Diagnosis and treatment:

At Contemporary Family Dentistry, one of our areas of expertise is in the diagnosis and treatment of bruxism. Regular dental checkups are important to detect damage in the early stages. We can diagnose and treat irregular wear on teeth and determine the source of the facial pain that may result from bruxism.

Based on the examination and diagnosis, one or more treatments may be recommended. A custom-made appliance can be worn while sleeping. Designed to fit your teeth, the custom-made appliance is a small, simple device that fits securely and comfortably on your upper teeth or lower front teeth and prevents contact between the upper and lower molars. Other treatments may involve reducing high spots on the teeth to even the bite or possibly reshaping the biting surfaces with inlays or crowns. In some cases of daytime bruxism, a small appliance that fits the lower front teeth is also necessary.

Cold Laser Therapy

The majority of practitioners associate the use of lasers in medicine with their applicability in surgery. However, nowadays there are numerous other well-known possibilities for the therapeutic use of lasers in the dental arts. One of the more exciting fields is that of biostimulation, the so-called laser therapy.

Laser therapy is the application of intense, non-heating laser light for the purpose of activating cellular physiology and promoting tissue healing and proliferation. Laser therapy is a pain-free application, and can be used with practitioners and/or their staff. Used correctly, it will lead to positive clinical results, particularly with difficult to treat or poor healing conditions, with fewer complications, and no negative treatment side effects.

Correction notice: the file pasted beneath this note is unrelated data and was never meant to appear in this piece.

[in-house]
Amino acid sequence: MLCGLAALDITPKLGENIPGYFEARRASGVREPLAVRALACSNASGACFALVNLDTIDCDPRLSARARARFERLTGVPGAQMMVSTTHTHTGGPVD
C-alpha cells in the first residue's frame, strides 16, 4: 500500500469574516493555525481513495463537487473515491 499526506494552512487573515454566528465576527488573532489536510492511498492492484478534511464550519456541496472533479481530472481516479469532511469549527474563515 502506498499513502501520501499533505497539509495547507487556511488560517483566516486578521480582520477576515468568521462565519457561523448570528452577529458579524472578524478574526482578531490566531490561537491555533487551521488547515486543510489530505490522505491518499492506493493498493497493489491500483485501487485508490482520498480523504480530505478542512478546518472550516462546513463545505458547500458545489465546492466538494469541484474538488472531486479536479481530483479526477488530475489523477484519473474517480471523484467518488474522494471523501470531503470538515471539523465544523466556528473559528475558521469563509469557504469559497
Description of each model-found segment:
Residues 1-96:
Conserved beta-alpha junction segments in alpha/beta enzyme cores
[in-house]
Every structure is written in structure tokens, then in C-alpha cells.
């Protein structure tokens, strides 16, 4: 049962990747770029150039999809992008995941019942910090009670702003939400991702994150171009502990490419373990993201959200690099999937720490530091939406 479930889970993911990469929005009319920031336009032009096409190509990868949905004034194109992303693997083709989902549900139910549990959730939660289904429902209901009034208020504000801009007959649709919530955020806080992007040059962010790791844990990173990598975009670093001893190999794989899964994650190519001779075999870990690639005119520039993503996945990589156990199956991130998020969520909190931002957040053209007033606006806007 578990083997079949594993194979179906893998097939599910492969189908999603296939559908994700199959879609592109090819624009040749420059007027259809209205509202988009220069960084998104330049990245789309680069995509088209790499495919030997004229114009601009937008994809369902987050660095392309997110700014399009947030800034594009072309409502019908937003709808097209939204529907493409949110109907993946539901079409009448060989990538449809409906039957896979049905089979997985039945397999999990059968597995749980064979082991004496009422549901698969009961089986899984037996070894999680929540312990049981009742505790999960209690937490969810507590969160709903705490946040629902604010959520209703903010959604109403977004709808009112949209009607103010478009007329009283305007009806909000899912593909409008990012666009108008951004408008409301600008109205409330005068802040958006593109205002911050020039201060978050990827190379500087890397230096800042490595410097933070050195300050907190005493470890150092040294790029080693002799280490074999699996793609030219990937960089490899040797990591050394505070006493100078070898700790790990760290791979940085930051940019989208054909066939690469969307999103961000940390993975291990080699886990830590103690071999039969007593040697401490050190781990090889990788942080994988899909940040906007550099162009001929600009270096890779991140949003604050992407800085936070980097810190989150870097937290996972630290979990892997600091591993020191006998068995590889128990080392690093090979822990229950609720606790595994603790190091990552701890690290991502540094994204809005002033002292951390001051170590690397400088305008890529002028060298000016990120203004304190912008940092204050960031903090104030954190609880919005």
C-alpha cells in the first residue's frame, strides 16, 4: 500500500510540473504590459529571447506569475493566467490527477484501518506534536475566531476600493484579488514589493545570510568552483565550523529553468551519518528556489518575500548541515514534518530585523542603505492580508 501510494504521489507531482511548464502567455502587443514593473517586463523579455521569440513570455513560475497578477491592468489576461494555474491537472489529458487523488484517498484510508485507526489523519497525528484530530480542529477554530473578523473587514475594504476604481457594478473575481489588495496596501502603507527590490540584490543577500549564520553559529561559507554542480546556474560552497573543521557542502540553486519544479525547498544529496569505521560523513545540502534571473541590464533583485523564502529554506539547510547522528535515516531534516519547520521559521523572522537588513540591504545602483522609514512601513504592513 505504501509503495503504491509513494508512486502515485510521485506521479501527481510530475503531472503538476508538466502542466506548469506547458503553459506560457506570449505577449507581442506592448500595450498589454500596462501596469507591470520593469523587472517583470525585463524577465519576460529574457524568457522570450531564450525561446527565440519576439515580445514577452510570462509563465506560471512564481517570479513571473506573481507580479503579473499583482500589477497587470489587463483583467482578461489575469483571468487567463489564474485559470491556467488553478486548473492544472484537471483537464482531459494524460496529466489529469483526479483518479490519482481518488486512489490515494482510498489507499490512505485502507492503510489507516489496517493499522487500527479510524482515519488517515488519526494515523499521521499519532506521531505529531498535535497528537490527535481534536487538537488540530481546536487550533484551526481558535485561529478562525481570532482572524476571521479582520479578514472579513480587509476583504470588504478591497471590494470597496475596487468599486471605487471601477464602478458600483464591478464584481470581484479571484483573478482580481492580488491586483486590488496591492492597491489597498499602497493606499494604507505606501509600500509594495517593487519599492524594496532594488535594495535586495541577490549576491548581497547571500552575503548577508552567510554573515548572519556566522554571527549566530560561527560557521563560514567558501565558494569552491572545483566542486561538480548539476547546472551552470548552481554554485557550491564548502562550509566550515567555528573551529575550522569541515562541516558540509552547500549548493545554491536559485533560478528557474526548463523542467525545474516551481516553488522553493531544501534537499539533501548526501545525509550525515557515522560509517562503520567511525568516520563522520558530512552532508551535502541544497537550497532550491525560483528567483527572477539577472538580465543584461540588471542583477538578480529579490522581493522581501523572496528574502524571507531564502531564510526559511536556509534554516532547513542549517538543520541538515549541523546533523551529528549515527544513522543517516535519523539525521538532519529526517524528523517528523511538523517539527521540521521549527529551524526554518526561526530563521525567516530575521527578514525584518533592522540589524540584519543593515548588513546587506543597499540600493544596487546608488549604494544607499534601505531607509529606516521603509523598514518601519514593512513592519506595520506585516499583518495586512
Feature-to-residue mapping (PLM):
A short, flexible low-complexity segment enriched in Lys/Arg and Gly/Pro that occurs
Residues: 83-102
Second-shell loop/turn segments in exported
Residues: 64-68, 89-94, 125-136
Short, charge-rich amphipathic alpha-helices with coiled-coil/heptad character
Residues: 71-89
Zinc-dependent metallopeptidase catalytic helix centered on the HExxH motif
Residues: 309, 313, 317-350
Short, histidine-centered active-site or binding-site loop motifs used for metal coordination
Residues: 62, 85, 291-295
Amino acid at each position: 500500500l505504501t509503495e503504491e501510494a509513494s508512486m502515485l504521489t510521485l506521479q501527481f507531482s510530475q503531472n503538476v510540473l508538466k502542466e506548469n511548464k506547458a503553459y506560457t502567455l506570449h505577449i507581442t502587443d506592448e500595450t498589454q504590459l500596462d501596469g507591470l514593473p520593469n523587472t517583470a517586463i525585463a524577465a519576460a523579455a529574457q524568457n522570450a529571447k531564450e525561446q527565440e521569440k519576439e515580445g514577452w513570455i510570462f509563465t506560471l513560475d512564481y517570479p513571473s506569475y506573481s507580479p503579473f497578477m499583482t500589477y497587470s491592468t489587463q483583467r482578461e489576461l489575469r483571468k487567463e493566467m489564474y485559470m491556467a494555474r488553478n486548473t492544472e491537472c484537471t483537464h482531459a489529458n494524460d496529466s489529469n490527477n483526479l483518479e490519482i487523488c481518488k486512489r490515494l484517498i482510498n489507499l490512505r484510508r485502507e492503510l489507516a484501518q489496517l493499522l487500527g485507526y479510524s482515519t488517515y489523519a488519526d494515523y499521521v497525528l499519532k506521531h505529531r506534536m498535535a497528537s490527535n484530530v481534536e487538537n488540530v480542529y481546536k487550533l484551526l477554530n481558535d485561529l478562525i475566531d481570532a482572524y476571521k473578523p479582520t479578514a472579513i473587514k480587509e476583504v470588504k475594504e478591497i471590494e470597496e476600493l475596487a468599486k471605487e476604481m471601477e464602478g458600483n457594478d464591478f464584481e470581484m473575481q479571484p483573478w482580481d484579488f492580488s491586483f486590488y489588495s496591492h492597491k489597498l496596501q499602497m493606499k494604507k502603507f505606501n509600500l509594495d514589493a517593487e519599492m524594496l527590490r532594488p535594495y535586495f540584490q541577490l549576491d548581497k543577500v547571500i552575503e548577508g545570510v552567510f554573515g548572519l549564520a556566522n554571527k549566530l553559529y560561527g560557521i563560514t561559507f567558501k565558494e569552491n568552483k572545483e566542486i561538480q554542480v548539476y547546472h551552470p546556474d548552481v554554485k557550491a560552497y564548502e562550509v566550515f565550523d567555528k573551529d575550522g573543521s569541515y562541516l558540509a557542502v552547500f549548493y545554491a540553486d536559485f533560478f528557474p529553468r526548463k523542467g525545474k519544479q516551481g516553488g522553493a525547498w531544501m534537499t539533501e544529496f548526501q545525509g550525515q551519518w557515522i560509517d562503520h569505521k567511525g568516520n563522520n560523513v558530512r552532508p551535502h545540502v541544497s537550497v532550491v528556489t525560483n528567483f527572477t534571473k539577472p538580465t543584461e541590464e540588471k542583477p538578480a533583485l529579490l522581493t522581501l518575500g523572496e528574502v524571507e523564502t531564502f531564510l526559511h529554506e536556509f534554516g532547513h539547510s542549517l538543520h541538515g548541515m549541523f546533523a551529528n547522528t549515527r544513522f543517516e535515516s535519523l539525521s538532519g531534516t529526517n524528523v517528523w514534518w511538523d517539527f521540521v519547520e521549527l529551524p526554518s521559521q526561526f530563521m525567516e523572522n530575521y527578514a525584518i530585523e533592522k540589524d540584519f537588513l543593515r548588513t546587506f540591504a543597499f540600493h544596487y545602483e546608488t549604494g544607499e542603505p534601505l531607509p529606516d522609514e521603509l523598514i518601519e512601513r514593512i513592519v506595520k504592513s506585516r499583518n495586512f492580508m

Bad Bite

OrthodonticsThe goal of treatment is to correct the positioning of the teeth.

Braces or other appliances may be used to change the positioning or alignment of teeth and adjoining bones. Metal bands are placed around some teeth or metal, ceramic, or plastic bonds are attached to the surface of the teeth. Wires or springs apply force to the teeth. The alveolar bone (tooth sockets) responds to pressure by remodeling -- dissolving bone in front of the tooth and replacing bone behind the tooth. The same process occurs in the structure which connects the 23 bones of the cranium or head. Other appliances may be recommended instead of, or in addition to, braces.

Rough or irregular teeth may be adjusted down, reshaped, and bonded or capped. Misshapen restorations (fillings or crowns) and dental appliances should be repaired. Surgery may be required on rare occasions. This may include surgical reshaping to lengthen or shorten the jaw (orthognathic surgery). Wires may be used to stabilize the jaw bone (similar to surgical stabilization of jaw.)

Meticulous oral hygiene is vital during orthodontic treatment as well as regular visits to the general dentist. Plaque accumulates on orthodontic appliances and may permanently mark teeth or cause tooth decay if not properly cared for.

Retainers (appliances used to stabilize the teeth) may be required for an indefinite time to maintain the new position of the teeth.